Please take two minutes to call your Assembly member and ask them to support mixed martial arts and to call for a full Assembly vote. Be sure to tell them that you live in their district. Be firm but polite.
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While things are looking kinda grim on the New York MMA legislative front, the UFC isn't going down without a fight. After all, they didn't hold that big press conference in New York earlier this year just so MMA could time out at the end of another legislative session. They're pulling out all the stops in an attempt to push things through before the June 20th deadline. Yesterday, the bill got through yet another committee:
The New York Assembly Codes Committee voted 17-to-3 to pass a bill that would regulate MMA events in the state yesterday afternoon. The senate passed the bill by a 42-18 vote in May. Last week, the Assembly sub-committee on tourism overwhelmingly passed the bill. The next step is for the bill to be voted on by the ways and means committee; if it passes, the bill will then go to the Assembly for a final vote. Should it pass the Assembly floor it would be sent to Governor Cuomo.
“Today was real big,” said UFC Vice president of regulatory affairs Marc Ratner. Ratner was joined in Albany by vice president of business and legal affairs and assistant general counsel Mike Mersh and light heavyweight fighter Rashad Evans.
With the session concluding on June 20 time is of the essence for proponents of legalizing MMA in the state, especially considering that it has never been closer to being legalized in the state than it is now.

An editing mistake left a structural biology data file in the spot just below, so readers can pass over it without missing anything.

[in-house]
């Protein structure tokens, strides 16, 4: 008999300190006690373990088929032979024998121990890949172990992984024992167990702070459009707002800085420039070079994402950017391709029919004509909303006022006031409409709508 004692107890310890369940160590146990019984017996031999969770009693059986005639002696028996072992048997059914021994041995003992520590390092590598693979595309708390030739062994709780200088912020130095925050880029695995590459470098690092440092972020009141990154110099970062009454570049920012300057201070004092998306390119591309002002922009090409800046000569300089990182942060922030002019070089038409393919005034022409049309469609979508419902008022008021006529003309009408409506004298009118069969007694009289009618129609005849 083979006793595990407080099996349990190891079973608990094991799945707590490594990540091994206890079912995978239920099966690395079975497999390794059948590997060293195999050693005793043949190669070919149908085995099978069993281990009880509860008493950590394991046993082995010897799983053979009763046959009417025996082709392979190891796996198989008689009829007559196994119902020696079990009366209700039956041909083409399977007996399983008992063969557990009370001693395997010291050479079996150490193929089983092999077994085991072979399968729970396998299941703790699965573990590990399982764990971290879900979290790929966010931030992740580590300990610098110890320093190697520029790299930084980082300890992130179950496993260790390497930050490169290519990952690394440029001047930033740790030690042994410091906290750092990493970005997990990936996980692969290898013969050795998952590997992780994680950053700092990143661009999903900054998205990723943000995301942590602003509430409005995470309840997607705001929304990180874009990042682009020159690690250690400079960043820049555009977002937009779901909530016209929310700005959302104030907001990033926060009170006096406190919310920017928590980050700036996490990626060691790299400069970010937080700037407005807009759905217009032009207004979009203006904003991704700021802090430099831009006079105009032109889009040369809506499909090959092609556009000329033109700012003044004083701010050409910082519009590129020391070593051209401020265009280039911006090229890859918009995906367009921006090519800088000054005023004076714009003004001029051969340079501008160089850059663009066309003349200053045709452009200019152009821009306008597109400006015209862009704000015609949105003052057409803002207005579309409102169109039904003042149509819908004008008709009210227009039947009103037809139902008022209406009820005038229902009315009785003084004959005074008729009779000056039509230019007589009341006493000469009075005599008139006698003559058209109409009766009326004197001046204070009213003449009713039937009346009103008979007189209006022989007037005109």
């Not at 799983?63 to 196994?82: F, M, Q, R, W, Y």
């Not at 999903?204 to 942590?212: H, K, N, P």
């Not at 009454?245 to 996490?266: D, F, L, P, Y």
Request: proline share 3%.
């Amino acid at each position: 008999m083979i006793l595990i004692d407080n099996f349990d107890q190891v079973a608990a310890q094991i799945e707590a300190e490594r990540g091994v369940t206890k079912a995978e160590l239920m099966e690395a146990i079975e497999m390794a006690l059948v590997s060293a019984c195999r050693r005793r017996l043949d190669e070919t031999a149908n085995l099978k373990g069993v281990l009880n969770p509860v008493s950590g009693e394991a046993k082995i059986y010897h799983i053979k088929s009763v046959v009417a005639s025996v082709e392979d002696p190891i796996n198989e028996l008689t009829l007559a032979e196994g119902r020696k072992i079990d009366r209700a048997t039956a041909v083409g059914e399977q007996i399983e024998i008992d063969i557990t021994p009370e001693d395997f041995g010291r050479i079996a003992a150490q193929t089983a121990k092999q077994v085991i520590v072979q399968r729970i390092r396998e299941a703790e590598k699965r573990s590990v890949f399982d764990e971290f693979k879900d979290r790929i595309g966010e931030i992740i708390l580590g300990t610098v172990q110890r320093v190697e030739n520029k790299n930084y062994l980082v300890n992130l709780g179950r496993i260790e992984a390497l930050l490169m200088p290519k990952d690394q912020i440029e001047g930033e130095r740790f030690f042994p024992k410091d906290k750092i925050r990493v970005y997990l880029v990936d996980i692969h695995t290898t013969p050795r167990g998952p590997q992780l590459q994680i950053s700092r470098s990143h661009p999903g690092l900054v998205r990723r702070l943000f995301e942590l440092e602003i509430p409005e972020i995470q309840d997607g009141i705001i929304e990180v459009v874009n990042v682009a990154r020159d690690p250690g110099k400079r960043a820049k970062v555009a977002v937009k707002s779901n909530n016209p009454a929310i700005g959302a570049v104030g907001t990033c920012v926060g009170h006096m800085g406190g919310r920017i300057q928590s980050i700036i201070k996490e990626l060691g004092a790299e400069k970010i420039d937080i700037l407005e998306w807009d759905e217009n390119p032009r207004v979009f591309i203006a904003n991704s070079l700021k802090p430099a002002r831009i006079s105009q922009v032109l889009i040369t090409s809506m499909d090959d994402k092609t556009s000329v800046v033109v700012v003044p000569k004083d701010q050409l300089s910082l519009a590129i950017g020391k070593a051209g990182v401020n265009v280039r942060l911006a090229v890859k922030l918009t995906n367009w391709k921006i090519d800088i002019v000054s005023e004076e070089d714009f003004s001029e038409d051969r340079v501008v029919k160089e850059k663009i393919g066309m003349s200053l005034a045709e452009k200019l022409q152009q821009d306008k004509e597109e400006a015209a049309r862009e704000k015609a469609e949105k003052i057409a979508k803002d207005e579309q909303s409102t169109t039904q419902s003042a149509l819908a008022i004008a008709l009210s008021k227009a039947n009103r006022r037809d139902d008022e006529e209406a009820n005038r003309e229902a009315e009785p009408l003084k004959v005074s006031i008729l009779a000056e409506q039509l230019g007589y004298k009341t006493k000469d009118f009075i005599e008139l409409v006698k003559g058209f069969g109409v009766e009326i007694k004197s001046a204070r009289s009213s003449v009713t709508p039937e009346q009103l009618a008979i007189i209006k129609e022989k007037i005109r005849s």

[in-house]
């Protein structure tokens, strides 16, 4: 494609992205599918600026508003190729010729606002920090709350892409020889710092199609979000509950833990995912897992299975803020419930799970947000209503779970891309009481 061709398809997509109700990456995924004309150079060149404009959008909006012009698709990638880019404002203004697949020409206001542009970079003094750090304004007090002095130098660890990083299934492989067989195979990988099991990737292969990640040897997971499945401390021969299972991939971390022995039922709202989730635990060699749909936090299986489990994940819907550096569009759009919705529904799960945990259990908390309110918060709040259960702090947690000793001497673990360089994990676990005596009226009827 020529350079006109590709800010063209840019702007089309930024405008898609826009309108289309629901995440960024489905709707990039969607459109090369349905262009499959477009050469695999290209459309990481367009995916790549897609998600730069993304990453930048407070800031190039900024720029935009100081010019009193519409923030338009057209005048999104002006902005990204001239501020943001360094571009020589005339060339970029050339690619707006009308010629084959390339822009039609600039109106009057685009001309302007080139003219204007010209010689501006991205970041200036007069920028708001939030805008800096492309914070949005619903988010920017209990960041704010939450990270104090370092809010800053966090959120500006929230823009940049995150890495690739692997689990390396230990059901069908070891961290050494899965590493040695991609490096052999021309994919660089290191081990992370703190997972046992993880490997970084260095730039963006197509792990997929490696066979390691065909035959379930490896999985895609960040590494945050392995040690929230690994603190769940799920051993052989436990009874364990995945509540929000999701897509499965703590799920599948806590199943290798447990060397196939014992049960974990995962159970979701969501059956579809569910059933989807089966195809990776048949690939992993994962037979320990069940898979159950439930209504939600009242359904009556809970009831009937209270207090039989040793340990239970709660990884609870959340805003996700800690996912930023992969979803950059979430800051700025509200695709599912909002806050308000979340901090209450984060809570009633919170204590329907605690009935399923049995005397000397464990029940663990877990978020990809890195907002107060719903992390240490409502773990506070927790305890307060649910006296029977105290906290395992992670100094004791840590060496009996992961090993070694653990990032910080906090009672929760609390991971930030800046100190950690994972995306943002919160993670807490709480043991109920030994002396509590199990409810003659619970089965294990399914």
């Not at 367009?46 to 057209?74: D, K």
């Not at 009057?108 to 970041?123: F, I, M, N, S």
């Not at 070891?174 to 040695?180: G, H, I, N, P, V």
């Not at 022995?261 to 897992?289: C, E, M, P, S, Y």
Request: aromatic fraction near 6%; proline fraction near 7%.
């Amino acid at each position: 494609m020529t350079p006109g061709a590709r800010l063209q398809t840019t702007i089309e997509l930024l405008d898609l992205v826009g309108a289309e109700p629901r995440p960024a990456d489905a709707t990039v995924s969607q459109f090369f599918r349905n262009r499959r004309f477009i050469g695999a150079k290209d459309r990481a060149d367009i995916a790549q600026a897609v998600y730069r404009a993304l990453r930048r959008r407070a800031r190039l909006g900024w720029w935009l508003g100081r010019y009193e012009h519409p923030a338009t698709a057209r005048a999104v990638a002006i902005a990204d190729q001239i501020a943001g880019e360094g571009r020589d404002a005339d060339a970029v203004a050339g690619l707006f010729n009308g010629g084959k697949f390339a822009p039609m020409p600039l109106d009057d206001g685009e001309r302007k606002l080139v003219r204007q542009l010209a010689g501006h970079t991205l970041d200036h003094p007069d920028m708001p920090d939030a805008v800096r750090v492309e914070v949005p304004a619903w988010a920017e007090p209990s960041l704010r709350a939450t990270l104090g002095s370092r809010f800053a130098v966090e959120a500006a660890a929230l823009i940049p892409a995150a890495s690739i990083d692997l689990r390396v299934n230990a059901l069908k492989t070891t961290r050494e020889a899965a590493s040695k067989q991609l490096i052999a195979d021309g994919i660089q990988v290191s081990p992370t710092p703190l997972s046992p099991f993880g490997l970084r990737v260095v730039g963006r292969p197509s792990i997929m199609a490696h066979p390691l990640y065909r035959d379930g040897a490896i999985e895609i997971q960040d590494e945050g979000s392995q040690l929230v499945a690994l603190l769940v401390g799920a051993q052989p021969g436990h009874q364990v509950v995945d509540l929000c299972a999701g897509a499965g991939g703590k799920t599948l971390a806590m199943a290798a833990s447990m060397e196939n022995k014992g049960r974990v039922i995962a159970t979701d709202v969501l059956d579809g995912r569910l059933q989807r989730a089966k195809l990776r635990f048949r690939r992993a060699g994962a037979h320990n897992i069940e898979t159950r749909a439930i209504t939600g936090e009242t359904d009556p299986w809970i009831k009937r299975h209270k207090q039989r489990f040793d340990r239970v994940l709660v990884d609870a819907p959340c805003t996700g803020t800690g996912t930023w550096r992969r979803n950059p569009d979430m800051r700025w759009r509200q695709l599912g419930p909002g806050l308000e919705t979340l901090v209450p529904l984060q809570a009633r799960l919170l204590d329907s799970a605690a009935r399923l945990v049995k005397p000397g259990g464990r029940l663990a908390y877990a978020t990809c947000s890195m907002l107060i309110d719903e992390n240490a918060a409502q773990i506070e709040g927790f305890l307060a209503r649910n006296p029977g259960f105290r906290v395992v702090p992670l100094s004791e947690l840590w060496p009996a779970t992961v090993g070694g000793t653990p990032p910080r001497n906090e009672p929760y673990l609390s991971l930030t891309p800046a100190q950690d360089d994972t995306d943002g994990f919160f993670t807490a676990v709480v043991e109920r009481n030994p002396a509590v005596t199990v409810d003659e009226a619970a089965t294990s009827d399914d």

“We need to get it to the floor,” Ratner told Metro after the codes committee vote. He said the ways and means committee could vote on the bill either today or tomorrow. “We don’t want to get timed out; just want to get (a vote) up or down.”
Mersh told Metro before the committee vote that all UFC has ever asked for is an “opportunity” for the legalization of the sport to be voted on, and stated that the organization is “confident” that it would pass.
On top of this, Assemblyman Dean Murray sent a letter to the Assembly and Ways and Means Committee heads urging them to allow a vote on the sport. Once again, the economic positives of MMA in the state were emphasized along with a reminder that the current law allows a crazy unregulated underground MMA scene to thrive (our bud Jim Genia wrote an entire book about it). Most importantly, the document is co-signed by what appears to be 60 other assembly members.
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